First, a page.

Dr Francky Fouedjio1, Dr Jens Klump1
1CSIRO, Kensington, Australia
Geostatistical methods such as kriging with external drift as well as machine learning techniques such as quantile regression forest have been extensively used for the spatial modelling and prediction of continuous variables when auxiliary information is available. In addition to providing predictions, both approaches are able to deliver a quantification of the uncertainty associated with the prediction at a target location. While both methods tend to produce comparable prediction maps, the prediction uncertainties reported by each method seem to be at odds.
Geostatistical approaches are, in essence, adequate for providing such prediction uncertainties. However, they frequently require significant data pre-processing and some assumptions about the underlying spatial distribution of the data, which are rarely met in practice. Machine learning techniques such as quantile regression forest, tend to require less data pre-processing and are non-parametric but rely on the independence assumption of observations. This assumption is often unrealistic, especially, when the sampling scheme is irregular.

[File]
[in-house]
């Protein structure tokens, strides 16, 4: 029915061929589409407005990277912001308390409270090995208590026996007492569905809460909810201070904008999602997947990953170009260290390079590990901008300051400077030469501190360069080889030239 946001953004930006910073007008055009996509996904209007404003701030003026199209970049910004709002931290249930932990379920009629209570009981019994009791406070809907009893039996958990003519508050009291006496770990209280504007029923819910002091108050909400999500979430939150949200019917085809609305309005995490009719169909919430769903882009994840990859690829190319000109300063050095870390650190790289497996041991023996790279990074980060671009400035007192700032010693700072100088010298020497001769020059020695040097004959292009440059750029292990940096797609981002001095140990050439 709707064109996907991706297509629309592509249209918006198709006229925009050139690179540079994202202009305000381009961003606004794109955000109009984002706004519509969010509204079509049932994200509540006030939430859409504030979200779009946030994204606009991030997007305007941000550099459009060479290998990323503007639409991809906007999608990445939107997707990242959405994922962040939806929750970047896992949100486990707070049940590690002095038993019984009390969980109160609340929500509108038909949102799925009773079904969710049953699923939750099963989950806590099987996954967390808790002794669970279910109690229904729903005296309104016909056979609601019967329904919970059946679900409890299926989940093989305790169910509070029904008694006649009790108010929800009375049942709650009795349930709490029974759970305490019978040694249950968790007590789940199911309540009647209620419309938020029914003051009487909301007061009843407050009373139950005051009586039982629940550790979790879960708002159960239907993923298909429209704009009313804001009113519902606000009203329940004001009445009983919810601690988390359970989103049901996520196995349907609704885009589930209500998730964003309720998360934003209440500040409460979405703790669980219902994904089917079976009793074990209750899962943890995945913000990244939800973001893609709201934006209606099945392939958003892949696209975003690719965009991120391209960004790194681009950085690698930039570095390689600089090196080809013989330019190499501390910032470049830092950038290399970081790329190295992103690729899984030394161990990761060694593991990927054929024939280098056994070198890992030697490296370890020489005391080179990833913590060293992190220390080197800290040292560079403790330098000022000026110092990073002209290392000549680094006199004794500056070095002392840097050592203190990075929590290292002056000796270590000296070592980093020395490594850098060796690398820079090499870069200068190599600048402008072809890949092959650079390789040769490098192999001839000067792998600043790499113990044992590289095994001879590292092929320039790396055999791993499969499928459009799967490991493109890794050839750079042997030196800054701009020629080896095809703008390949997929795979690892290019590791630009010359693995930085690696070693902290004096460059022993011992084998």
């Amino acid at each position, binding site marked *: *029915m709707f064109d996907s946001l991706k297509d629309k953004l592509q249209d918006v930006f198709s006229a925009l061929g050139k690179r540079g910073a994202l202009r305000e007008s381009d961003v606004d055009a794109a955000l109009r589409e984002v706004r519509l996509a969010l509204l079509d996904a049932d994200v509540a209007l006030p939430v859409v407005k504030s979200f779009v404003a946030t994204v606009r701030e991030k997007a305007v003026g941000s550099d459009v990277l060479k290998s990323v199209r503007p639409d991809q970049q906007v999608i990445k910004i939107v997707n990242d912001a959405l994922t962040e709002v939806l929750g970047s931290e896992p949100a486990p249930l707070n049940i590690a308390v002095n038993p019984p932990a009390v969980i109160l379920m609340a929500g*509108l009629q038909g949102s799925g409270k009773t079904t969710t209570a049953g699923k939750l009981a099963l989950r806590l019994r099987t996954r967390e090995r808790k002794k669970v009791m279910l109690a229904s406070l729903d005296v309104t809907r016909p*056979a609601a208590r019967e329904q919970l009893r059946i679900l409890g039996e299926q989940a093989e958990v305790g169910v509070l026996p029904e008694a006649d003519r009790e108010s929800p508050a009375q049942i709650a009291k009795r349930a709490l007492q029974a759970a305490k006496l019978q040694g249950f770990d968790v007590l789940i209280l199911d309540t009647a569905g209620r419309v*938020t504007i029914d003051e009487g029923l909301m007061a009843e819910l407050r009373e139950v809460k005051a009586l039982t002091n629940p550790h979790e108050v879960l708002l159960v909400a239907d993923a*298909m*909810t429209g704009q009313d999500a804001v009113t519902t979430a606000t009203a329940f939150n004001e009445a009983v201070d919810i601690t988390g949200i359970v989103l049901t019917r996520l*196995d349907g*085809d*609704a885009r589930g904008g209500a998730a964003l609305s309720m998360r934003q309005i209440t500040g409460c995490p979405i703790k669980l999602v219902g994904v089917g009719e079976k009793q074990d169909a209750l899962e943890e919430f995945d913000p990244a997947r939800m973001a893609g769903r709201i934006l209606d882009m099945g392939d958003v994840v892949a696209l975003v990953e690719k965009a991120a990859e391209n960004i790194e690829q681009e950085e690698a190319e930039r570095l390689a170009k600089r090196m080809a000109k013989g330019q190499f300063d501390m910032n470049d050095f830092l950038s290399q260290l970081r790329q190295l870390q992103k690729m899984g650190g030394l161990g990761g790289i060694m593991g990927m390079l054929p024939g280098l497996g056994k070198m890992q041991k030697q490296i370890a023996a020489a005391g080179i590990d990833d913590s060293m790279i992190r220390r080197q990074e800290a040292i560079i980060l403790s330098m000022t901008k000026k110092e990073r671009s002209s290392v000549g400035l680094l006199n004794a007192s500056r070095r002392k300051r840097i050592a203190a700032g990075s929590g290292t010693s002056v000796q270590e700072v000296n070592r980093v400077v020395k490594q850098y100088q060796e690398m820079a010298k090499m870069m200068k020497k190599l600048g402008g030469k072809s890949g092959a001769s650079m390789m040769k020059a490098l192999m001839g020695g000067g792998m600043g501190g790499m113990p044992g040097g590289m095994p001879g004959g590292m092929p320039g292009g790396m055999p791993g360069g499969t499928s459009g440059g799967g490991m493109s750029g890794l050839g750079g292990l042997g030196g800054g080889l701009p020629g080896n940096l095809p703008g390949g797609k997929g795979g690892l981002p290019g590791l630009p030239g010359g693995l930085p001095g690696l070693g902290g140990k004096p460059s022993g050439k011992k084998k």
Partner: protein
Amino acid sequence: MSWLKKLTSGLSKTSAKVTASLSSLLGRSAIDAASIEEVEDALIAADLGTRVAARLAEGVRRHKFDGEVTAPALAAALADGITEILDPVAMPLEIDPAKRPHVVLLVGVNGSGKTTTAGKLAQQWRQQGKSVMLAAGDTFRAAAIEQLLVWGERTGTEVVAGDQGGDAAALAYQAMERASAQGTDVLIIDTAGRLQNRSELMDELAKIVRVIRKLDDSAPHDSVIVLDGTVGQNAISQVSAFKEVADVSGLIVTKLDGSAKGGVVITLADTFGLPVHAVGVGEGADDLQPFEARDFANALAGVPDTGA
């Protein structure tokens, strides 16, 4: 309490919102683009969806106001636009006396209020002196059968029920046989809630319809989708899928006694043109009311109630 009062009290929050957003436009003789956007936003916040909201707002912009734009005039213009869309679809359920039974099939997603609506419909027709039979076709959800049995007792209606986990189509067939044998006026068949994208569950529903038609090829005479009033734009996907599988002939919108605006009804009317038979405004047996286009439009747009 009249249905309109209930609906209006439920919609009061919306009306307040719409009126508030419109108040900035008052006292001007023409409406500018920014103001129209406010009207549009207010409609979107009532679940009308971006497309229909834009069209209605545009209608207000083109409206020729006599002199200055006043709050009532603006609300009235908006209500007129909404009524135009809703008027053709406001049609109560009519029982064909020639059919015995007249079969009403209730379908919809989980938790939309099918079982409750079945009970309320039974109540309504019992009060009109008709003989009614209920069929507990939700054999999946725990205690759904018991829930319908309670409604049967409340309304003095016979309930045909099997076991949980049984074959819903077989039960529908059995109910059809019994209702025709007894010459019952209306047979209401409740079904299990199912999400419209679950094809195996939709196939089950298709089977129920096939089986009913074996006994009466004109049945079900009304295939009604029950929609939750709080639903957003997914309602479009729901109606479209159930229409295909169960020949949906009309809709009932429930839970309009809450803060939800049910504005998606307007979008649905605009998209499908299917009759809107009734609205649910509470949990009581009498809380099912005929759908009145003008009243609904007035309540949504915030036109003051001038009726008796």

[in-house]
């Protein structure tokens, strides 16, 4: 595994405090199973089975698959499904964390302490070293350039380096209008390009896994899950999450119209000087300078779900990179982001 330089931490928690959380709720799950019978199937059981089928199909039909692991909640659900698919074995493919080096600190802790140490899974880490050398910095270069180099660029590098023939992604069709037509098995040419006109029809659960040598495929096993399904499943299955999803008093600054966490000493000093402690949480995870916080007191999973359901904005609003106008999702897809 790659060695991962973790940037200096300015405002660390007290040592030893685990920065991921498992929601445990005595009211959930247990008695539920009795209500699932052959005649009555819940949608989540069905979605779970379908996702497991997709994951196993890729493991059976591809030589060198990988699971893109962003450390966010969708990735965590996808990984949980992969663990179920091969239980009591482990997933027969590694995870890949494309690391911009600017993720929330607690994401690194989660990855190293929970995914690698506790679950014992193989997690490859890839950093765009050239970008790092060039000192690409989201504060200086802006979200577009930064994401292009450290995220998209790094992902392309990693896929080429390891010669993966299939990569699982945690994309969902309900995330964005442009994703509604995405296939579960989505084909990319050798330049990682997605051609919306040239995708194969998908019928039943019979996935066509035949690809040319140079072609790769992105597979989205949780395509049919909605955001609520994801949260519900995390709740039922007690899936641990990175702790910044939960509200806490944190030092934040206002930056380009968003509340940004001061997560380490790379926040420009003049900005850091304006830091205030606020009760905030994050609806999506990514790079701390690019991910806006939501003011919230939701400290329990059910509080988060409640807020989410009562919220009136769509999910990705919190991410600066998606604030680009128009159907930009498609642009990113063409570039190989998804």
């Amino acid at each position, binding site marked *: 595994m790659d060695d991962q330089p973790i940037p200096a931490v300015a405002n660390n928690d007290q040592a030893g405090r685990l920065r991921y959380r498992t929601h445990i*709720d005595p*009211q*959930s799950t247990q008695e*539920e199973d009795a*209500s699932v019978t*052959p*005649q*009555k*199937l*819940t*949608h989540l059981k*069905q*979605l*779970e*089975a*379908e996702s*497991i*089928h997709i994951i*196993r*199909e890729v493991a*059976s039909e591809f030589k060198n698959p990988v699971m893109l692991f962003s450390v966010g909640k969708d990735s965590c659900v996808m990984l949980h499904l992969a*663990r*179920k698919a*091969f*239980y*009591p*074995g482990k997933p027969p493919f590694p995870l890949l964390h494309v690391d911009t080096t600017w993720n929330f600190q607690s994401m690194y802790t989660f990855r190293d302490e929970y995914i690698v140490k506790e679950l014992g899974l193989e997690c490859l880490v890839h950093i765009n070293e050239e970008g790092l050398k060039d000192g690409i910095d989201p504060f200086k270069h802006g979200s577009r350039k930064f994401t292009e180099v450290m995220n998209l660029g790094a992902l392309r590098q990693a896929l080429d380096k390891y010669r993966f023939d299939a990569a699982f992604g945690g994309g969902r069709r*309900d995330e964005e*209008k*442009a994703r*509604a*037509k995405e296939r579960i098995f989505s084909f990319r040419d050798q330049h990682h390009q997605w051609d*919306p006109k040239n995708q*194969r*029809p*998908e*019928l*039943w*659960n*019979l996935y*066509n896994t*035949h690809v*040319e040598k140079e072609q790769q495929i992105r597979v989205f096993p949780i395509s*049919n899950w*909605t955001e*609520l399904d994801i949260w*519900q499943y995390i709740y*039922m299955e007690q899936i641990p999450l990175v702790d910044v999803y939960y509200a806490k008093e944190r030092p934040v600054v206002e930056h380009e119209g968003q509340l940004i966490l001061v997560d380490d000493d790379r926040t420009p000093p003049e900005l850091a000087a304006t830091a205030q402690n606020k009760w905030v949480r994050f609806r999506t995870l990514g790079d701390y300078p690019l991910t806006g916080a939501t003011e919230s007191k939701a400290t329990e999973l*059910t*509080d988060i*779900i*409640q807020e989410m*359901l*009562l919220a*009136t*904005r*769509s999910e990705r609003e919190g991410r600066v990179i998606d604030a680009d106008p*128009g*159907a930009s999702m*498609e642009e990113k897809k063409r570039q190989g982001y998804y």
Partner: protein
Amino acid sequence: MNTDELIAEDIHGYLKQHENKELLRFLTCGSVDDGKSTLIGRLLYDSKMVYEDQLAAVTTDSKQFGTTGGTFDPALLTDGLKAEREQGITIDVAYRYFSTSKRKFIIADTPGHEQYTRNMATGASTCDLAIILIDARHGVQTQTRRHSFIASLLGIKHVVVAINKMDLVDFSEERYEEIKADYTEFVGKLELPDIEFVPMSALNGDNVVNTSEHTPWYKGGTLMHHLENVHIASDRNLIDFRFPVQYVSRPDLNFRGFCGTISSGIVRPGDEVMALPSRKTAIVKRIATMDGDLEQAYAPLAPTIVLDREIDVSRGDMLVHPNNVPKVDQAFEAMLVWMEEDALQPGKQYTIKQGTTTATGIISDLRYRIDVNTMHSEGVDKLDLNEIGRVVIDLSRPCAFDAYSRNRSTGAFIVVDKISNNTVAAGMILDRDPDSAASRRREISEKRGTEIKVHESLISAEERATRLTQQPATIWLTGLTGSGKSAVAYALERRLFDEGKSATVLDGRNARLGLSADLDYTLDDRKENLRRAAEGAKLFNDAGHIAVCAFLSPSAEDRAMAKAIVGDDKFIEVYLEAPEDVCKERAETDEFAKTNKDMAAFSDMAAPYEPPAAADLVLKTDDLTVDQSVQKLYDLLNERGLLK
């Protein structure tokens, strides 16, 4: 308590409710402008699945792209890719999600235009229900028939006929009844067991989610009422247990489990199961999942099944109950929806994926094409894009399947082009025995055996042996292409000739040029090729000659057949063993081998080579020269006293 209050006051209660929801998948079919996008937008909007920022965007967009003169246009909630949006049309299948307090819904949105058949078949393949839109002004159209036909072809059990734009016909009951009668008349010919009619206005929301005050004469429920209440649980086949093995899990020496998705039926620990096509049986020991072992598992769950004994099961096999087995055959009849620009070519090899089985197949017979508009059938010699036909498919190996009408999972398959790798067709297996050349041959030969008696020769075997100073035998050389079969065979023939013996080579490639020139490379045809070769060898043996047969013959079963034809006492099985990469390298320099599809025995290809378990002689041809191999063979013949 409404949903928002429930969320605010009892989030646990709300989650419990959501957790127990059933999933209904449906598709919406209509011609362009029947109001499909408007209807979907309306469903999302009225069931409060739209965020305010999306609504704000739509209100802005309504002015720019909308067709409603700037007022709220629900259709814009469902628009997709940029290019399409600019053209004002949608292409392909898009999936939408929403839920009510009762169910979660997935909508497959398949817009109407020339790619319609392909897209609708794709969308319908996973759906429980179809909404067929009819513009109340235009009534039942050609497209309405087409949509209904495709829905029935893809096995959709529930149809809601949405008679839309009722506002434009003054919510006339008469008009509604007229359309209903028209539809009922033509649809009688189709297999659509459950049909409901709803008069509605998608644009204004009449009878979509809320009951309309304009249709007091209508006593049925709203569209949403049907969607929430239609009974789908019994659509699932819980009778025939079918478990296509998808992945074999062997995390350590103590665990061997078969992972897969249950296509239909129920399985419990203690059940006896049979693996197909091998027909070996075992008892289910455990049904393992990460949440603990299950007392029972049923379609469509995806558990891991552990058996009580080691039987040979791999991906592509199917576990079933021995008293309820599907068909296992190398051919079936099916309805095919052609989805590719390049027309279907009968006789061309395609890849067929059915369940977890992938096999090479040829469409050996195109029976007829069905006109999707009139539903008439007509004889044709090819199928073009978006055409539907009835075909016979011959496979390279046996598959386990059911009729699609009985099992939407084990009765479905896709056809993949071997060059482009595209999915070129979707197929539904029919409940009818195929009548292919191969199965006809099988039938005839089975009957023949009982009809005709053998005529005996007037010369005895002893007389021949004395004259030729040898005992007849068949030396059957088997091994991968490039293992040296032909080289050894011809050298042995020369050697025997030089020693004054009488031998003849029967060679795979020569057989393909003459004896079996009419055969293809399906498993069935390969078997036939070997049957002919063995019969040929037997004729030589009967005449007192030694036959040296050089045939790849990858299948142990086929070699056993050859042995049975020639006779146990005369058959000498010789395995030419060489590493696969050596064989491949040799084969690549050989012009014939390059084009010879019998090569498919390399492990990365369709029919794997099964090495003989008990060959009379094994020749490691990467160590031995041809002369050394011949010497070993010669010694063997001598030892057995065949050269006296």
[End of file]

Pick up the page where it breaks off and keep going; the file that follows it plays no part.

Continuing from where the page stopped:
Real-world data always come with an inherent uncertainty that can only be estimated. To explore the ability of the two methods to provide a meaningful prediction uncertainty, we examine the results based on several simulated datasets where we know the ground-truth. Apart from classical performance indicators, we use accuracy plots, probability interval width plots, and the visual examination of the uncertainty maps to compare kriging with external drift and quantile regression forest with respect to their ability to deliver reliable prediction uncertainties of spatial data.
As CSIRO Science Leader Earth Science Informatics, Jens Klump is interested in the application of information technology to geoscience questions. His areas of research are research data infrastructures as the basis of data-driven research and the application of simulation and analytics to geological data. This includes automated data and metadata capture, sensor data integration, both in the field and in the laboratory, data processing workflows, and data provenance, but also data analysis by statistical methods, machine learning and numerical modelling.